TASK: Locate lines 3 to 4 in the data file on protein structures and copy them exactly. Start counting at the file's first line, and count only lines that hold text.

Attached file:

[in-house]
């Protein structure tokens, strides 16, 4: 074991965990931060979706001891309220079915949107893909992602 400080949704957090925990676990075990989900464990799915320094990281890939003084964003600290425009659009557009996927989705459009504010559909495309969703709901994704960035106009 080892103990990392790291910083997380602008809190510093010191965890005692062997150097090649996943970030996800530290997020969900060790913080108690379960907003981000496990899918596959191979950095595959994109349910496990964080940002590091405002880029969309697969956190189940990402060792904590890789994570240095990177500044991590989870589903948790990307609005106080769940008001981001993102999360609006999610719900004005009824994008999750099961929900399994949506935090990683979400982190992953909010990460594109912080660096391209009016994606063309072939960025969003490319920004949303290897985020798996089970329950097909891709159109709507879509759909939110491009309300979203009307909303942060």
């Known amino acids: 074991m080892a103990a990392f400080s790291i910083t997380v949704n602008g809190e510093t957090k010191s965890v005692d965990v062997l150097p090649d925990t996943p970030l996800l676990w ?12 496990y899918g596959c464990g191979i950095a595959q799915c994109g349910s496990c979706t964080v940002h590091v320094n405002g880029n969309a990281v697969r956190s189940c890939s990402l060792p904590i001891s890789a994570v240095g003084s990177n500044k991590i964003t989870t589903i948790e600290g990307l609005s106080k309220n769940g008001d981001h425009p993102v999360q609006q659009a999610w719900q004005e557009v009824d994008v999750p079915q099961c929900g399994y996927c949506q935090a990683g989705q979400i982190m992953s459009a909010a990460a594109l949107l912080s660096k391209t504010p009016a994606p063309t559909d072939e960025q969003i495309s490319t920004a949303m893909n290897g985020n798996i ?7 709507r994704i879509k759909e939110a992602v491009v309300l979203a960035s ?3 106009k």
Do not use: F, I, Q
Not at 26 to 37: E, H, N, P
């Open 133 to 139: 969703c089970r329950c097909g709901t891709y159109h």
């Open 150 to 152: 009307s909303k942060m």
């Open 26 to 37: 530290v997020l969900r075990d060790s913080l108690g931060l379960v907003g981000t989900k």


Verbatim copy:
């Known amino acids: 074991m080892a103990a990392f400080s790291i910083t997380v949704n602008g809190e510093t957090k010191s965890v005692d965990v062997l150097p090649d925990t996943p970030l996800l676990w ?12 496990y899918g596959c464990g191979i950095a595959q799915c994109g349910s496990c979706t964080v940002h590091v320094n405002g880029n969309a990281v697969r956190s189940c890939s990402l060792p904590i001891s890789a994570v240095g003084s990177n500044k991590i964003t989870t589903i948790e600290g990307l609005s106080k309220n769940g008001d981001h425009p993102v999360q609006q659009a999610w719900q004005e557009v009824d994008v999750p079915q099961c929900g399994y996927c949506q935090a990683g989705q979400i982190m992953s459009a909010a990460a594109l949107l912080s660096k391209t504010p009016a994606p063309t559909d072939e960025q969003i495309s490319t920004a949303m893909n290897g985020n798996i ?7 709507r994704i879509k759909e939110a992602v491009v309300l979203a960035s ?3 106009k």
Do not use: F, I, Q